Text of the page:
It is tempting to deduce from the recent reversal of commodity prices—in particular, energy prices save coal—that the discomfort manifest in headline inflation numbers that we broached in July is passing through the system and is being squeezed out by slowing economic growth. This is certainly a plausible economic scenario. Weakness in the U.S. and other advanced economies will mitigate inflationary pressures, rendering them a temporary inconvenience. In the parlance of central bankers, the recent run-up of headline and core prices represents “noise” rather than underlying “signal.” Given that the Fed focuses on signals about intermediate and long-term sustainable, noninflationary employment growth, rather than short-term expediency, it is in keeping with our charter to give considerable weight to this scenario.

I note that we would not be alone in doing so. This is the conclusion that the Bank of England has been most public about as it recently ceased raising its policy rate. I have the highest personal regard for Governor Mervyn King and especially for his deputy, a member of the distinguished advisory board of the Dallas Fed’s Globalization and Monetary Policy Institute, the convivially named Mr. Charlie Bean. I did note, however, that in reaction to the recent release of the Bank of England’s analysis, the Financial Times on Thursday wrote an especially harsh editorial titled “Shoot the Doves,” which concluded with these words:

“The ongoing disruption in credit markets is acting as a brake on the economy … because credit is less available and it costs more .… Keeping rates on hold looks right for now.”

“But,” the editorial went on, “… the Bank must also worry about its credibility: if the public ceases to believe that it will bring inflation back down, then it will become much harder to do so.”[2]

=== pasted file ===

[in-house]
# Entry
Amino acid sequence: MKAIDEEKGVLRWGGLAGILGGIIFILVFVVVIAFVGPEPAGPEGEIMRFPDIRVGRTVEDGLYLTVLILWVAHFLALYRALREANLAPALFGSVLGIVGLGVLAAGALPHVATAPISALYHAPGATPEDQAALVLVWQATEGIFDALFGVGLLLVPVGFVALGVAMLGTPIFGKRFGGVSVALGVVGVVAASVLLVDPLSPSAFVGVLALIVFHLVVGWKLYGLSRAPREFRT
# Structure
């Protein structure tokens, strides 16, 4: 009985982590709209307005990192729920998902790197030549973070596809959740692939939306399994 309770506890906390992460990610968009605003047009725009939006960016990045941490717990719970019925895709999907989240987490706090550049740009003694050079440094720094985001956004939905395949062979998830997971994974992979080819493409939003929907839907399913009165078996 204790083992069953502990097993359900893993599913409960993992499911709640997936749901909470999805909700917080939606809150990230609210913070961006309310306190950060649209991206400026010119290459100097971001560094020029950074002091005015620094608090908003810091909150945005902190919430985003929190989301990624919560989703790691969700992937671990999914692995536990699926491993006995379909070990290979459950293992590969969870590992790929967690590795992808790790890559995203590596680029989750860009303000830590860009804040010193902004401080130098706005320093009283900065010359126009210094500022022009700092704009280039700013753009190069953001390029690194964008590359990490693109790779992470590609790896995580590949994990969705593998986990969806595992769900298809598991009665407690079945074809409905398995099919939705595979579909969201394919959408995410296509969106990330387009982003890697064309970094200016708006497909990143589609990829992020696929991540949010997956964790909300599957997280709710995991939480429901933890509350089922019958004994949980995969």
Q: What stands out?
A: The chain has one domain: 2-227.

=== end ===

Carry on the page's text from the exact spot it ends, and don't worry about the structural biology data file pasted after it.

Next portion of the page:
This risk applies to the Fed just as much as it does to the Bank of England. We cannot afford to gamble away our credibility. That is why the FOMC has made it clear in its recent statements that we are keenly monitoring inflationary impulses. In doing so, we must be wary of a second possible scenario, one that differs from the one summarized by Dr. Feldstein.

This second scenario is less felicitous. It acknowledges the manic-depressive nature of commodity markets and recognizes that it was inevitable that price peaks would give way to price valleys. But the scenario envisions the possibility that rather than passing through the python, the recent burst of cost-push inflation is giving the beast digestion problems that might manifest themselves in the form of a lingering inflationary fever."

Which will it be, the efficient python or the bloated one?  Will inflation pass through or will it stick and cause more problems?  My bet is that if the economy stays weak it won't be a problem.  I don't know anyone getting a raise or even expecting one.  As unemployment increases people will just be happy to have a job.  But time will tell.

Sam Cass
Sam Cass: Sam Cass, MBA, JD, University of Texas at Austin. Always a fan of Leonardo Da Vinci.

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Comments

  • thedorightman

    August 24, 2008

    ASPEN...JACKSON HOLE...SUN VALLEY.... far from the crowds of wounded consumers. I'll bet these guys sweat alot.

  • thedorightman

    August 24, 2008

    Thanks for the ongoing laugh fest @ Snake Squeezer!!